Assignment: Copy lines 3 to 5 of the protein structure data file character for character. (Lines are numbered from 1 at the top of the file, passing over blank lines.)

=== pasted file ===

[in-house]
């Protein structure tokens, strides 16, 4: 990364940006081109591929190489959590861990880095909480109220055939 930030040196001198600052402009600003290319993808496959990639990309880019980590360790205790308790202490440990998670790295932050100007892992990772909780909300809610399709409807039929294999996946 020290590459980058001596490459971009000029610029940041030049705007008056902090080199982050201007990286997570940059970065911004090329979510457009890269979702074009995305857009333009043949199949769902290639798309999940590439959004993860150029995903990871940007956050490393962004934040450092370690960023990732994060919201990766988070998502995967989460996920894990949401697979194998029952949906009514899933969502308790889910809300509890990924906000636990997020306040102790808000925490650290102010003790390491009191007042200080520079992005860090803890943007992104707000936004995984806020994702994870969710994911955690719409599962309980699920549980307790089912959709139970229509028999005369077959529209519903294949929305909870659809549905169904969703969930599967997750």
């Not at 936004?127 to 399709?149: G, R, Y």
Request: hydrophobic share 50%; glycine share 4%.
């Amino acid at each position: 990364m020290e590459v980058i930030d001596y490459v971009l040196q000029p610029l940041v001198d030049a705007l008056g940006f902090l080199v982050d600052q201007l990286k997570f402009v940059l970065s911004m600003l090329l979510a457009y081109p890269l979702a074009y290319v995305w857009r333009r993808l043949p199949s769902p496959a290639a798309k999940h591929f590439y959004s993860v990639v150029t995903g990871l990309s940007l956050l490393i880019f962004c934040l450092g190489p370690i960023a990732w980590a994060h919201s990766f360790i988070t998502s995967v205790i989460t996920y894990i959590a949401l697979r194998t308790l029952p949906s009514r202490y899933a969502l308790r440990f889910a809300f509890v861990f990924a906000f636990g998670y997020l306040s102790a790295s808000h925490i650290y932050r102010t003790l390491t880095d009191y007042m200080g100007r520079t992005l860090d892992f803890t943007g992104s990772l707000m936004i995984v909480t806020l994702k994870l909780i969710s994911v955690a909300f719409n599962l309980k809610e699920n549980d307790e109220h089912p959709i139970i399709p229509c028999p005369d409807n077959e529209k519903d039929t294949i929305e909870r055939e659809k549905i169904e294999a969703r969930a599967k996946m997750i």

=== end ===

């Not at 936004?127 to 399709?149: G, R, Y």
Request: hydrophobic share 50%; glycine share 4%.
């Amino acid at each position: 990364m020290e590459v980058i930030d001596y490459v971009l040196q000029p610029l940041v001198d030049a705007l008056g940006f902090l080199v982050d600052q201007l990286k997570f402009v940059l970065s911004m600003l090329l979510a457009y081109p890269l979702a074009y290319v995305w857009r333009r993808l043949p199949s769902p496959a290639a798309k999940h591929f590439y959004s993860v990639v150029t995903g990871l990309s940007l956050l490393i880019f962004c934040l450092g190489p370690i960023a990732w980590a994060h919201s990766f360790i988070t998502s995967v205790i989460t996920y894990i959590a949401l697979r194998t308790l029952p949906s009514r202490y899933a969502l308790r440990f889910a809300f509890v861990f990924a906000f636990g998670y997020l306040s102790a790295s808000h925490i650290y932050r102010t003790l390491t880095d009191y007042m200080g100007r520079t992005l860090d892992f803890t943007g992104s990772l707000m936004i995984v909480t806020l994702k994870l909780i969710s994911v955690a909300f719409n599962l309980k809610e699920n549980d307790e109220h089912p959709i139970i399709p229509c028999p005369d409807n077959e529209k519903d039929t294949i929305e909870r055939e659809k549905i169904e294999a969703r969930a599967k996946m997750i």